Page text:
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Nice example of Blaeu's map of the province of Guizhou in southern China, published in the middle of the 17th century in Amsterdam.

The map centers on Guiyang ("Queiyang") but is otherwise little populated, like modern-day Guizhou. This far-flung and mountainous region of China is shown with dozens of forts marked along with the military roads connecting them.

Mountains are shown pictorially on the map. Two decorative cartouches are shown. A large, unmapped region is denoted in Latin "many dwell in this mountainous region."

Guizhou is a a mountainous region with many ancient fortresses. Gold, silver, lead, and mercury-producing regions are marked with little flags, as are Jesuit missions.

Condition Description
Moderate toning.
Johannes Blaeu Biography

Joan, or Johannes, Blaeu (1596-1673) was the son of Willem Janszoon Blaeu. He inherited his father’s meticulous and striking mapmaking style and continued the Blaeu workshop until it burned in 1672. Initially, Joan trained as a lawyer, but he decided to join his father’s business rather than practice.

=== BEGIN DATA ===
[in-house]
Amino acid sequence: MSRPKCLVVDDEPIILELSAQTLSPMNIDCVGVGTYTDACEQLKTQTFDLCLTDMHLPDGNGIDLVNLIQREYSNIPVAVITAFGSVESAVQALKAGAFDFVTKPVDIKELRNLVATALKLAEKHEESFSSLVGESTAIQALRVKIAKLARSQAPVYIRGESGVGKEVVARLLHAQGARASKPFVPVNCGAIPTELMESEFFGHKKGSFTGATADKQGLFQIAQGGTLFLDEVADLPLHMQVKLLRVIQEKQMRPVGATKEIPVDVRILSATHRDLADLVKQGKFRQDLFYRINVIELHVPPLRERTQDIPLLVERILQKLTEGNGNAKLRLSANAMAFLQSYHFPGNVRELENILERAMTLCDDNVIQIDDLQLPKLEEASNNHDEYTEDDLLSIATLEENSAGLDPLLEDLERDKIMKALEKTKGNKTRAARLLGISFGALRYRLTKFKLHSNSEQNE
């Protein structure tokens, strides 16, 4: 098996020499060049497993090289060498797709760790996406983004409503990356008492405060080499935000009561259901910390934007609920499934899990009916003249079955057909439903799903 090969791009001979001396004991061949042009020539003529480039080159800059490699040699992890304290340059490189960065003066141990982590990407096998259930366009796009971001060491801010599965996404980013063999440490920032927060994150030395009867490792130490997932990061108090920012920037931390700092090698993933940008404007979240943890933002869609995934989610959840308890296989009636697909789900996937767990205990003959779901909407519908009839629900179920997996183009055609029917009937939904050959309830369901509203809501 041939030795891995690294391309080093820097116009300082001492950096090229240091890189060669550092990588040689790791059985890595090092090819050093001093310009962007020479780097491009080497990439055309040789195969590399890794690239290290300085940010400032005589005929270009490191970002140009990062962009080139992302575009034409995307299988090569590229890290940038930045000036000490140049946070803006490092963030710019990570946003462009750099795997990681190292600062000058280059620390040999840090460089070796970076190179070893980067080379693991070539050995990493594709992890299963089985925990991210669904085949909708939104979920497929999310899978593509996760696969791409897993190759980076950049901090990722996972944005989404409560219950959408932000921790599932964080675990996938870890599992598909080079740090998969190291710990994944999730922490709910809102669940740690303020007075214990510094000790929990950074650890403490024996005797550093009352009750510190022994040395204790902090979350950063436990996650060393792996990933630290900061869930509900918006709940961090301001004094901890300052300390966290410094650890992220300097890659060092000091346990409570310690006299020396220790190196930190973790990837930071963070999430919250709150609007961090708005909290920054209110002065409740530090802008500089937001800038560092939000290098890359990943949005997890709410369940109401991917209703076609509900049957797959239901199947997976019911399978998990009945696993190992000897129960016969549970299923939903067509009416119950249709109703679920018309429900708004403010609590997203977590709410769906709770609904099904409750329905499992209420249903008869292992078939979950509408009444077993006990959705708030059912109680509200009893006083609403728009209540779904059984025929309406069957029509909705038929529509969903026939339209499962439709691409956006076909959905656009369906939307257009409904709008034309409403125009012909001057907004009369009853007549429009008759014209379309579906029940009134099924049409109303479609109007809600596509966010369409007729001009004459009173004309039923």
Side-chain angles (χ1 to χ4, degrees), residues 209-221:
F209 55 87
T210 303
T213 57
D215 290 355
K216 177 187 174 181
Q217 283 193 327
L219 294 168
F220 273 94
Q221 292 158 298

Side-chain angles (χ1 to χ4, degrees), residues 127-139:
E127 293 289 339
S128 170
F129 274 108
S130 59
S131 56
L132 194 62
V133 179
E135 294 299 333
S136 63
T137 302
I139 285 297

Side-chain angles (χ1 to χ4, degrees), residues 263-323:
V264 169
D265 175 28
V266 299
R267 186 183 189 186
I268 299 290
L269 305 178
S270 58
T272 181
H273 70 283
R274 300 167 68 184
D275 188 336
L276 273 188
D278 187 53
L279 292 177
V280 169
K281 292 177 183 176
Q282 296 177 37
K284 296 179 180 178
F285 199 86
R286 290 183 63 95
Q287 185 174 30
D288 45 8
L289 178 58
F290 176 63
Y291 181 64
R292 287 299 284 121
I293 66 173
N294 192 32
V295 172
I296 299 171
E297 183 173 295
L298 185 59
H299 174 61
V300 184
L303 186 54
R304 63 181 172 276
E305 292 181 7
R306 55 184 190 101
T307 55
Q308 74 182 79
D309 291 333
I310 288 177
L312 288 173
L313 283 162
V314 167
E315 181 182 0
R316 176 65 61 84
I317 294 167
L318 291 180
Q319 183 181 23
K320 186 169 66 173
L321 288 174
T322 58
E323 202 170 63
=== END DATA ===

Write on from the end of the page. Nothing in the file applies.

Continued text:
After his father’s death in 1638, Joan and his brother, Cornelis, took over their father’s shop and Joan took on his work as hydrographer to the Dutch East India Company. Joan brought out many important works, including Nova et Accuratissima Terrarum Orbis Tabula, a world map to commemorate the Peace of Westphalia which brought news of Abel Tasman’s voyages in the Pacific to the attention of Europe. This map was used as a template for the world map set in the floor of the Amsterdam Town Hall, the Groote Burger-Zaal, in 1655.

Joan also modified and greatly expanded his father’s Atlas novus, first published in 1635. All the while, Joan was honing his own atlas. He published the Atlas maior between 1662 and 1672. It is one of the most sought-after atlases by collectors and institutions today due to the attention to the detail, quality, and beauty of the maps. He is also known for his town plans and wall maps of the continents. Joan’s productivity slammed to a halt in 1672, when a fire completely destroyed his workshop and stock. Joan died a year later and is buried in the Westerkerk in Amsterdam.